Doctor of Occupational Therapy program students celebrated with White Coat eventPosted: November 30, 2021
A.T. Still University’s Arizona School of Health Sciences (ATSU-ASHS) recently celebrated the class of 2023 entry-level Doctor of Occupational Therapy program students with a White Coat ceremony.
Jyothi Gupta, PhD, OTR/L, FAOTA, professor and chair, told the 16-member class to be prepared for elevated responsibilities that come along with their white coats.
“This is the time our students transition from foundational academic education into clinical practice and doctoral work; it is a time when professionalism becomes paramount as does the healthcare for the patients that will be in their hands,” Dr. Gupta said. “My message to our doctoral class is as follows: Recognize that the commitment you have made to obtaining a doctoral degree and the hard work you put into your education will benefit you for years to come. I also want you all to recognize the contributions of all faculty to you becoming an occupational therapist.”
Wendy Hildenbrand, PhD, OTR/L, FAOTA, president of the American Occupational Therapy Association and clinical assistant professor in the Occupational Therapy Education department at the University of Kansas Medical Center, delivered the keynote address, commenting challenges of the COVID-19 pandemic, uncertain times, and how to embrace those challenges.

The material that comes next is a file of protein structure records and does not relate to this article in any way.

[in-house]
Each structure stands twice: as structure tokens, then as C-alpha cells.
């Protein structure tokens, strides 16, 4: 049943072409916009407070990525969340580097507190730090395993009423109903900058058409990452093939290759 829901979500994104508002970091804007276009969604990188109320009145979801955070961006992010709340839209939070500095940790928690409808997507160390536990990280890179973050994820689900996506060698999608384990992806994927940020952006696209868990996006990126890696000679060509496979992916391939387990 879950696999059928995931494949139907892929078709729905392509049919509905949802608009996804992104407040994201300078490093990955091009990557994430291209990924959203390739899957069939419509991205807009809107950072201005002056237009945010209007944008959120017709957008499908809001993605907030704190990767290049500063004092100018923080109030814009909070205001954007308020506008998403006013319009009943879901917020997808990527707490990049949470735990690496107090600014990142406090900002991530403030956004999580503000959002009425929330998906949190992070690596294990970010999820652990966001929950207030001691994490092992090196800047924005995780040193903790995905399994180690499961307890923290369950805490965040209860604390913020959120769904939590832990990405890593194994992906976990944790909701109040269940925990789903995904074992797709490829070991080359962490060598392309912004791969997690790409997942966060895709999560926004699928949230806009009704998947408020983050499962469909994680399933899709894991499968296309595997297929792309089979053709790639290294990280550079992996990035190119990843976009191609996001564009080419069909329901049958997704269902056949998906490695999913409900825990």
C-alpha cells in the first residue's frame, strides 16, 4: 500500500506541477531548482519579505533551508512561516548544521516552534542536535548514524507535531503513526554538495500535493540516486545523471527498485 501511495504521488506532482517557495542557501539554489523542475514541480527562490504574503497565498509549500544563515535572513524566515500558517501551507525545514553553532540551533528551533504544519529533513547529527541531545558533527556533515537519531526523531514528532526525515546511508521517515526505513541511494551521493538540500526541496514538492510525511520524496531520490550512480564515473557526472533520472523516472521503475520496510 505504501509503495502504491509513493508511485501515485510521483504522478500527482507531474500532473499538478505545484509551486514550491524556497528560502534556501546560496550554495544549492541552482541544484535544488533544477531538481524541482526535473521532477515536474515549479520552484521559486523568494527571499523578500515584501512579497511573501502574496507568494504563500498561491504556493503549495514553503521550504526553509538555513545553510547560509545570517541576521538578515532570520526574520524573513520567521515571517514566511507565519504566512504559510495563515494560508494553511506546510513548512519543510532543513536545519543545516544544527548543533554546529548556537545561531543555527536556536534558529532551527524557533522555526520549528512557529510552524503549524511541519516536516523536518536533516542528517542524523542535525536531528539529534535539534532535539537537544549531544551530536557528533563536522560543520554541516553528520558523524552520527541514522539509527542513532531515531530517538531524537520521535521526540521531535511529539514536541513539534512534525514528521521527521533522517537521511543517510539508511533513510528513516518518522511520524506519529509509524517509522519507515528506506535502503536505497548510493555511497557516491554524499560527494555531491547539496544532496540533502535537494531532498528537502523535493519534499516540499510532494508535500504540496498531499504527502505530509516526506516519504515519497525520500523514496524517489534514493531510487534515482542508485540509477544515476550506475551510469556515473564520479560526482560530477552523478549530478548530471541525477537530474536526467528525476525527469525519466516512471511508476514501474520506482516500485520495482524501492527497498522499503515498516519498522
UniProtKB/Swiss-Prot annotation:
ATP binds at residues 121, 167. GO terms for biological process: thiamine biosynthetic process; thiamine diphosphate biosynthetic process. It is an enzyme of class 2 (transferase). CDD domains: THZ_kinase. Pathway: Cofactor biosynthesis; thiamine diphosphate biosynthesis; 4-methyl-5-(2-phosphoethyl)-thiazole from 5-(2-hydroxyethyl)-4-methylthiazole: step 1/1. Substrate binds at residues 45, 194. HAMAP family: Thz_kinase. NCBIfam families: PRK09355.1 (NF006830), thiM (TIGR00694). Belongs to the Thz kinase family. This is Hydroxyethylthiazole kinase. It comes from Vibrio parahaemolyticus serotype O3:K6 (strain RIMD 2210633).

“I encourage you to embrace the uncertainty as an opportunity for you, for your profession, for your community, and for the people we serve through occupational therapy,” Dr. Hildenbrand said. “I support you in considering the possibilities as you think about how you might step into your new career.”
Ann Lee Burch, PT, EdD, MS, MPH, dean and associate professor, remarked on occupational therapy’s (OT) focus on whole person healthcare and its close ties to ATSU’s mission.
“Occupational therapy, the profession you have all chosen to ultimately step into, is one which was committed to the concept of ‘whole person healthcare’ very early on. OTs have attended to the physical, psychological, emotional, social, and cultural issues. Perhaps more than most health professions, OTs can be found in nearly every healthcare setting,” Dr. Burch said.